WAM (women and the art of multimedia) conference
Women and the Art of Multimedia (WAM) was a two and a half day long
conference in Washington D.C. (May 29-31).
Aiming to explore what the revolution (technological) means for women
who use and produce multimedia, and what opportunities it might offer,
WAM brought together a number of international artists, designers,
producers, critics, curators, writers, engineers, and advocates (women's
advocates, arts advocates, etc.).
Shu Lea Cheang was one of my favorite presenters -- she spoke about
BRANDON, a Web site based on the life and death of Teena Brandon.
Brandon, who lived in Falls City, Nebraska, represented and identified
herself as a man. Two local men raped Brandon, and upon finding out she
reported the crime to the police, murdered her, her lover, and others.
The Web project will reincarnate Brandon online -- she will have
adventures with Foucault colleague Herculine Barbin, and a virtual MOO
trial of her murderers will be staged. BRANDON, besides exploring
questions of alternative sexual identification and fantasy, will use the
net as an anti-graveyard -- Brandon will live on as an interactive agent
of identity play and politics.
Artist team Madelon Hooykaas and Elsa Stansfield also presented. The two
have been working in together and in multimedia for more than twenty
five years. Based out of Amsterdam, they premiered their latest video
project "On the Other Side of the Meridien." It was straight out of the
new-age wallpaper tradition: slow motion, natural images... very
Finally, Barbara Nessim spoke about how as a young woman in 1960 with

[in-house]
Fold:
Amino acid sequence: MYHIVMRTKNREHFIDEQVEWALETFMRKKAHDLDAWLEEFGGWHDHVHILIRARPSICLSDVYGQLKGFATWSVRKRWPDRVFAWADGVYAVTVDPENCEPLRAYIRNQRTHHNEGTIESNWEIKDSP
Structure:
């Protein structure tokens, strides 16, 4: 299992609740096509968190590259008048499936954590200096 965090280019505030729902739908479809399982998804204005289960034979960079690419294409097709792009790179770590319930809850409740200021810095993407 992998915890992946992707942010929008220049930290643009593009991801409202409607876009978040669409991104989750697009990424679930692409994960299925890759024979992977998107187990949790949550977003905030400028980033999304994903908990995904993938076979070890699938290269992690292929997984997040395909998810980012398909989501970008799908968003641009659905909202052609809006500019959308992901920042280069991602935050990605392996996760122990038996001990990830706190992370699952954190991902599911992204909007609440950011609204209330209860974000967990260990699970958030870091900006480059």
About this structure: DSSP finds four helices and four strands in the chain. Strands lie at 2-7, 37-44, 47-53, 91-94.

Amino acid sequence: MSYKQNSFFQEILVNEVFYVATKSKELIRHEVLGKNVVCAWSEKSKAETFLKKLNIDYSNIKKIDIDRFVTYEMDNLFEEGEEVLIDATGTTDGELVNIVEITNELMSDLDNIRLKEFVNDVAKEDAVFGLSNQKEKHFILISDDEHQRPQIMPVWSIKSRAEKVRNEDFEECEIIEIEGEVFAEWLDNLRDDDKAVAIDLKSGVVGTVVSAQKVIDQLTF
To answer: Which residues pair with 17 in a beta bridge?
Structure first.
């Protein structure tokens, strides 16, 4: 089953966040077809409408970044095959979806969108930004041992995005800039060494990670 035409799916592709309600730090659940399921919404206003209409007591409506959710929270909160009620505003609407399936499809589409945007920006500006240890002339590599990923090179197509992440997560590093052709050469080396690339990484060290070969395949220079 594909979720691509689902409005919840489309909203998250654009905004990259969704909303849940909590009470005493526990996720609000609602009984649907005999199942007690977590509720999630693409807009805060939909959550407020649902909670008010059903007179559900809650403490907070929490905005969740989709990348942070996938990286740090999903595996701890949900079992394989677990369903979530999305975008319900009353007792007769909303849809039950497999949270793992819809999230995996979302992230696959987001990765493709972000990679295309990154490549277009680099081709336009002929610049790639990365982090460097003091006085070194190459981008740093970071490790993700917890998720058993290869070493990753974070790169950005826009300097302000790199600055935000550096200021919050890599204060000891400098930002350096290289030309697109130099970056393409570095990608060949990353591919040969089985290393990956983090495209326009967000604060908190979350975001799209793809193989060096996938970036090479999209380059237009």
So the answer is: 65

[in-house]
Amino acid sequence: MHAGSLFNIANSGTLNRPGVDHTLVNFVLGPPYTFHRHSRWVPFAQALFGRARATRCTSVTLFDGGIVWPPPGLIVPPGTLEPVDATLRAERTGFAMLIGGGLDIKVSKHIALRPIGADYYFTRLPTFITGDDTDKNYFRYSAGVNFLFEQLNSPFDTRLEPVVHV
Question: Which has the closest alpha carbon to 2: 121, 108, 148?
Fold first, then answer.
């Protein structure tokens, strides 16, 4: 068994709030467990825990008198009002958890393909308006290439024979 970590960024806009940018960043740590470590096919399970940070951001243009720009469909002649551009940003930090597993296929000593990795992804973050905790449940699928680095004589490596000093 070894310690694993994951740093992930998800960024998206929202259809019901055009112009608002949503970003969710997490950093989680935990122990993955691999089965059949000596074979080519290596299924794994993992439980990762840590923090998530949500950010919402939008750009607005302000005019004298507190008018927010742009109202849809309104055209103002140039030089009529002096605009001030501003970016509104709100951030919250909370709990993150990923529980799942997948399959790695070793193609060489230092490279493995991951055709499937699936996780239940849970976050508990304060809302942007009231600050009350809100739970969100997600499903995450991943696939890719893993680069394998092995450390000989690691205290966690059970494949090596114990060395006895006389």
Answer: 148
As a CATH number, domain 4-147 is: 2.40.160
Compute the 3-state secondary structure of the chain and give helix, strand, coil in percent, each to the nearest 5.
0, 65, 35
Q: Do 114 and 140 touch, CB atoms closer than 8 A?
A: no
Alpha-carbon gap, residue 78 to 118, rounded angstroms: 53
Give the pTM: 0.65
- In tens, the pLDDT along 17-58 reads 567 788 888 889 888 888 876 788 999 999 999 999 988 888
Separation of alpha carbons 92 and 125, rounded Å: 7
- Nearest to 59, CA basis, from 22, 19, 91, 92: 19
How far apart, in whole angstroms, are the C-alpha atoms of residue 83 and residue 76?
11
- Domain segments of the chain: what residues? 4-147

art not marriage on her mind, it took no small amount of bravery to be
an artist. She moved in with a roommate in New York, none other than
Gloria Steinem, and pursued a career as an illustrator. In the 80s,
Nessim started working with computers and new media, though never
ceasing to have a sketch book by her side. Nessim combines old and new
media by treating her sketch books as databases -- in her project
"Random Access Memories," she gives away tiny books of sketches from her
database, chosen at random by a script. Nessim, wanting to give the
audience gifts, made special versions of these books for WAMers --
they're very cool.
What was most disappointing about the conference was the practical
neglect of technology. Artists had to present their work without sound
more than once, and there was no Web access in most demonstrations (the
exception being Linda Stone of Microsoft). Artist Jenny Marketou (of
@Electric Eve and Techno-Seduction) abandoned her presentation out of
frustration. More than once I heard people joking "how many women does
it take to turn on a computer?" Symbolically, this was a big oversight
on the part of organizers -- the series of awkward moments undermined a
technological confidence important for women in multimedia.